- The Washington Times - Friday, January 12, 2007

FORT BENNING, Ga. — President Bush sought a friendly audience and a patriotic backdrop yesterday to continue to make his case for sending 21,000 more troops to Iraq, but he received only tepid applause at this Army base, where the commanding general forbade soldiers from talking to reporters.

The president’s speech was similar to the national address he delivered Wednesday night, but he used firm language when speaking about what is coming for insurgents in Iraq. He also hailed efforts by Prime Minister Nouri al-Maliki against militias responsible for continual waves of sectarian killings in Iraq.

“Yesterday, the resolve was seen when Prime Minister Maliki made it clear that illegal militias, including the Mahdi Army, have a choice to make: either lay down your arms or face justice,” Mr. Bush said. “That’s the kind of leadership that the Iraqi people expect, and that’s the kind of leadership I expect, and the American people expect.”

He added, “Our support is not open-ended. If the Iraqis demonstrate a willingness to fight for a better future, we’ll help them. It’s in our interests that we do so. Not only do we expect to see action militarily, as I mentioned, we expect to see them fulfill the benchmarks that they laid out for their people.”

Mr. Bush visited Fort Benning because the base will send a combat brigade to Iraq earlier than planned, by March instead of late May or early June. The brigade has done two tours in Iraq, and on its last yearlong deployment, in 2005, 34 soldiers from the 4,000-member unit were killed.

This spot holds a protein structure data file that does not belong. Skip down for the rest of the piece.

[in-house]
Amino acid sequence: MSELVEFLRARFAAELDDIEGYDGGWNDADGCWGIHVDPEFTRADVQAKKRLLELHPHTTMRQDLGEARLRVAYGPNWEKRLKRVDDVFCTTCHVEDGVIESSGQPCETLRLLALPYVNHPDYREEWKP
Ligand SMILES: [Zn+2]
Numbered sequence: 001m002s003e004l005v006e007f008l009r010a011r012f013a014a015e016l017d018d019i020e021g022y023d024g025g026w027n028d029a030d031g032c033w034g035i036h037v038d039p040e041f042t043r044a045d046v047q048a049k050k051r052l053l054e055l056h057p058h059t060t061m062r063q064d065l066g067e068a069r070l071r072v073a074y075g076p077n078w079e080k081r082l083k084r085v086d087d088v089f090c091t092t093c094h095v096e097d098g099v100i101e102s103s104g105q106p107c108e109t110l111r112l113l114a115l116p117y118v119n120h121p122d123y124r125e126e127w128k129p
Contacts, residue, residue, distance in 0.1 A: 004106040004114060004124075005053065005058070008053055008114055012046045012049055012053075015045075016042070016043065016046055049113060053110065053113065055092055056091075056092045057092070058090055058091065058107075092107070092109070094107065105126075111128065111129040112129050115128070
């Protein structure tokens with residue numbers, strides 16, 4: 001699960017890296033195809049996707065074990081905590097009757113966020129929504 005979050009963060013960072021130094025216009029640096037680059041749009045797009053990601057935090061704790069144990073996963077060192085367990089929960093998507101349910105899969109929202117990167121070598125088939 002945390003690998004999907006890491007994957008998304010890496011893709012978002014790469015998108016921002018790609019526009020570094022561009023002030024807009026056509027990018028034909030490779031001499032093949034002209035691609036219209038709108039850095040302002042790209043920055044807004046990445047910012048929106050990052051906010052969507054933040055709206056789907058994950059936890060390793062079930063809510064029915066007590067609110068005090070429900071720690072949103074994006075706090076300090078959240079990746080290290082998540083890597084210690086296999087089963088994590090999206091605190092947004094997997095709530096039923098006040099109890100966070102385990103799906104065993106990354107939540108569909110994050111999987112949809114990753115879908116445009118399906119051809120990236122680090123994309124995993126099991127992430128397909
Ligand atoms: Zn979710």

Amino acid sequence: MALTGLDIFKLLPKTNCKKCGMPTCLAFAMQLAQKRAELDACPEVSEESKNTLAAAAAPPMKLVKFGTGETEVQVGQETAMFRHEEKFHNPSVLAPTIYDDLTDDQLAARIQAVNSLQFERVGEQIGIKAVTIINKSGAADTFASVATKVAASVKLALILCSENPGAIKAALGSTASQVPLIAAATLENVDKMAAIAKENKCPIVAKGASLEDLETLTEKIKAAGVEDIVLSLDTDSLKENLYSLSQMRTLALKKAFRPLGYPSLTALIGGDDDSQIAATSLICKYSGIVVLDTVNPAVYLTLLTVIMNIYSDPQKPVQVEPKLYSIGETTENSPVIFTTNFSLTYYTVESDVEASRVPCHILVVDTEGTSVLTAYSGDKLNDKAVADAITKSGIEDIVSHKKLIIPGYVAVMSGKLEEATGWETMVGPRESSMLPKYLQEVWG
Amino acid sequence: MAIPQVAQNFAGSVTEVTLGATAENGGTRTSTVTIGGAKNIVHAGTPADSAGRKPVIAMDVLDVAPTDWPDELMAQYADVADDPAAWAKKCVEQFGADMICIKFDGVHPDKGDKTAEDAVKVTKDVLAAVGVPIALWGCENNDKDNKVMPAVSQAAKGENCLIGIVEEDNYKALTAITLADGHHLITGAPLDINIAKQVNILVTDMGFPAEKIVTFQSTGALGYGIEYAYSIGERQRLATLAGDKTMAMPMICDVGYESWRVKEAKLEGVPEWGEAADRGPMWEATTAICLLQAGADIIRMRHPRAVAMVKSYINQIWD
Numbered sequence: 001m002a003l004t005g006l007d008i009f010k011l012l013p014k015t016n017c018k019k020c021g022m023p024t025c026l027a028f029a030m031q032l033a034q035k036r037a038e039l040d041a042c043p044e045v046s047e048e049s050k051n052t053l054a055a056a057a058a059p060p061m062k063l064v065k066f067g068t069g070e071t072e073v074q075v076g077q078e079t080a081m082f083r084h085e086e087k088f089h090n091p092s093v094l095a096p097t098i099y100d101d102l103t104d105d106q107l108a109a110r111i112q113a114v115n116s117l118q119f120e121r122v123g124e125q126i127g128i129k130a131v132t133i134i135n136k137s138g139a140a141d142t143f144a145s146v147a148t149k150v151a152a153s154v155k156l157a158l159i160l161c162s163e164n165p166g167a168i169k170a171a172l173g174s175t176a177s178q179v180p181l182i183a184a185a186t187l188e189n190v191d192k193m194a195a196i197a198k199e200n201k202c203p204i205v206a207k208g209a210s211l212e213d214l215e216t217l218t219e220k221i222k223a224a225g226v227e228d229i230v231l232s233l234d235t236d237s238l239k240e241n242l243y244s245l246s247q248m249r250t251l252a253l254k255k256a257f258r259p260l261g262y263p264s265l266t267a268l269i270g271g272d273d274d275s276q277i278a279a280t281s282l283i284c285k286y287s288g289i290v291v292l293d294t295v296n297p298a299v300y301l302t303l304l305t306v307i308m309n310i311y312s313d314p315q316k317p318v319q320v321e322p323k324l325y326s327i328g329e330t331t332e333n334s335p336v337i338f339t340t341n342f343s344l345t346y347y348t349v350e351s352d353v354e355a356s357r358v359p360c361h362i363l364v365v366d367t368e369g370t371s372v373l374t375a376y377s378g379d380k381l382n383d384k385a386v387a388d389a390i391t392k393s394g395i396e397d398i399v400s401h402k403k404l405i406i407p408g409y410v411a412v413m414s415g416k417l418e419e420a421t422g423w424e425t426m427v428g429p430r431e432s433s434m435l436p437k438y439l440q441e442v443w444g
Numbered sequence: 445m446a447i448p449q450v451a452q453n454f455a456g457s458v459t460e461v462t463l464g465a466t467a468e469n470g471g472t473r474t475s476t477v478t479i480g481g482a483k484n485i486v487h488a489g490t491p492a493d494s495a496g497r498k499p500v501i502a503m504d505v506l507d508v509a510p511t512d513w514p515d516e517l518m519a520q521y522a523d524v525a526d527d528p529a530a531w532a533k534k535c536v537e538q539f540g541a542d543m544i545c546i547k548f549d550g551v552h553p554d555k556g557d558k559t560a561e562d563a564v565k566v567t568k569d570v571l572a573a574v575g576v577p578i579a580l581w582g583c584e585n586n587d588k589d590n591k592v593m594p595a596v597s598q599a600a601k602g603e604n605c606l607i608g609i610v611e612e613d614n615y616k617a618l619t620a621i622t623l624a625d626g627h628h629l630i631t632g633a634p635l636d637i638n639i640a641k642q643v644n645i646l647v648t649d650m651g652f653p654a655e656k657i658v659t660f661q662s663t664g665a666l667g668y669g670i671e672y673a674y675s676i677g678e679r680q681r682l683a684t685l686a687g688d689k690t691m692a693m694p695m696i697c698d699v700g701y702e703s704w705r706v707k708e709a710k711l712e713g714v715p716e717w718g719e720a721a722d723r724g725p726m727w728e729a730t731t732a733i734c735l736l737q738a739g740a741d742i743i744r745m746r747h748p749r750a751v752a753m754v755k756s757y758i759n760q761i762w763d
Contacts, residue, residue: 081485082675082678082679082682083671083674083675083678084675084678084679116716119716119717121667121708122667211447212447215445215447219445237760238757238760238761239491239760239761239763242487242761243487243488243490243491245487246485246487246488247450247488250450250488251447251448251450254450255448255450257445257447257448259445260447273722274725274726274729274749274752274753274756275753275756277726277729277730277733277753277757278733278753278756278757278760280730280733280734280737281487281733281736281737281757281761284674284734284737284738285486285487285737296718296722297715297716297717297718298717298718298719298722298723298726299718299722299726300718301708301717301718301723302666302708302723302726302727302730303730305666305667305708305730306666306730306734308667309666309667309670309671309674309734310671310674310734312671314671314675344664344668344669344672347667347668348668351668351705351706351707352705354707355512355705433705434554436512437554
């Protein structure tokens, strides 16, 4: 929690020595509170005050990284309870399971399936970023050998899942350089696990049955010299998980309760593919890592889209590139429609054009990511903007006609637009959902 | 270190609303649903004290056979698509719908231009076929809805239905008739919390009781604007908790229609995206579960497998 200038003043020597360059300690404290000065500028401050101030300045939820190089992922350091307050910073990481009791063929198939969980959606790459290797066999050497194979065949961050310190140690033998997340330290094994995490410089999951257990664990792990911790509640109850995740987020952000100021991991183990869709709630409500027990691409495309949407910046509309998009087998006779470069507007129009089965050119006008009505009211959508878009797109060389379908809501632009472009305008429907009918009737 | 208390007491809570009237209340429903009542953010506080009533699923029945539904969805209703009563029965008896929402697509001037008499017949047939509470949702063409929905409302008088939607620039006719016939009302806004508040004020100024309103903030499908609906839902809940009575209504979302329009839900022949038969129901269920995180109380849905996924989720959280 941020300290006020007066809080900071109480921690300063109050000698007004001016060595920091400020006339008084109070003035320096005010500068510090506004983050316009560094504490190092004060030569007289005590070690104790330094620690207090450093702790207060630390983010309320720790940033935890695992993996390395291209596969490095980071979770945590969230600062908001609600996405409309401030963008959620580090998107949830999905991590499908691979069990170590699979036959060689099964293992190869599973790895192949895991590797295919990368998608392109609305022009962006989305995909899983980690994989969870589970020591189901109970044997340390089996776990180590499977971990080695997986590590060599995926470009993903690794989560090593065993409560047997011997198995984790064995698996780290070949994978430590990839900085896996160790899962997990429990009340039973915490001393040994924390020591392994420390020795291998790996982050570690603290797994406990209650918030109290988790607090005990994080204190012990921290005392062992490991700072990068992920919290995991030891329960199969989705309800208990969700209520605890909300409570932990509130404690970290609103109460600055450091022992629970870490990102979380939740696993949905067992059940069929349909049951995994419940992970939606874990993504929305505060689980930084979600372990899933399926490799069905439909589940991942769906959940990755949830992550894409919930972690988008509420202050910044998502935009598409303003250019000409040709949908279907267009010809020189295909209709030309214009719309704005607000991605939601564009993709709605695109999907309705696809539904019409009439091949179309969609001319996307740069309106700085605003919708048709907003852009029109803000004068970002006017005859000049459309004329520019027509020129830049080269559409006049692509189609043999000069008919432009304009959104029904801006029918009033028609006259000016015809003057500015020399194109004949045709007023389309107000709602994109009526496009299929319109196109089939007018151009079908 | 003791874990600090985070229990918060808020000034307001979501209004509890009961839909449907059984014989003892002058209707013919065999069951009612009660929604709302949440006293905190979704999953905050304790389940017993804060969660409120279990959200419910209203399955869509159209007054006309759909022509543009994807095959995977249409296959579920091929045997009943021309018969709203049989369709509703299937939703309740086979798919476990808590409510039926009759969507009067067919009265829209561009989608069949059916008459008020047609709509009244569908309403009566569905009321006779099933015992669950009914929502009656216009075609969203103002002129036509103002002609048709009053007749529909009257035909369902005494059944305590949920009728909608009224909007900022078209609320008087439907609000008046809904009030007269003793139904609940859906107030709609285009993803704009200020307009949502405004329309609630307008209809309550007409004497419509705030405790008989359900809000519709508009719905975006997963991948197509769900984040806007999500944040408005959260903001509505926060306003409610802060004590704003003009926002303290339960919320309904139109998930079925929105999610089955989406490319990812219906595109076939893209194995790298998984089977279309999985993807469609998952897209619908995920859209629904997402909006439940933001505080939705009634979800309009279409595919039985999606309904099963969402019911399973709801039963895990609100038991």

In his speech, Mr. Bush also reiterated the warning he gave in his prime-time address: His planned troop surge would not be a quick fix.

“The new strategy is not going to yield immediate results. It’s going to take awhile,” he said. “The American people have got to understand that suicide bombings won’t stop immediately.”

Before meeting with families, Mr. Bush watched as five members of a parachute team floated to the ground in a demonstration of base training.

“We’re proud of you,” he told the men.

Earlier in the day, the president awarded the Medal of Honor to the late Marine Cpl. Jason Dunham of Scio, N.Y., who covered a hand grenade in Iraq two years ago, saving the lives of his comrades. He is the second Iraq war soldier to receive the prestigious award.

“I’ve lost my son, but he became a part of history,” Cpl. Dunham’s mother, Deb, said after the ceremony, which drew tears from Mr. Bush. “It still hurts as a parent, but the pride that you have from knowing he did the right thing makes it easier.”

The 300 soldiers who, with their families, heard the afternoon speech were banned by Maj. Gen. Walter Wojdakowski, commandant of the 32,000-soldier base, from talking to reporters. Journalists were barred from re-entering Freedom Hall, where Mr. Bush delivered the speech, or from approaching soldiers outside the hall.

While the president met with family members of 25 soldiers from the base who were killed in the Iraq and Afghanistan wars, several reporters waited for word from the base on whether the ban would be lifted. A senior administration official said, “We have no control over that.”

This article was based in part on wire-service reports.

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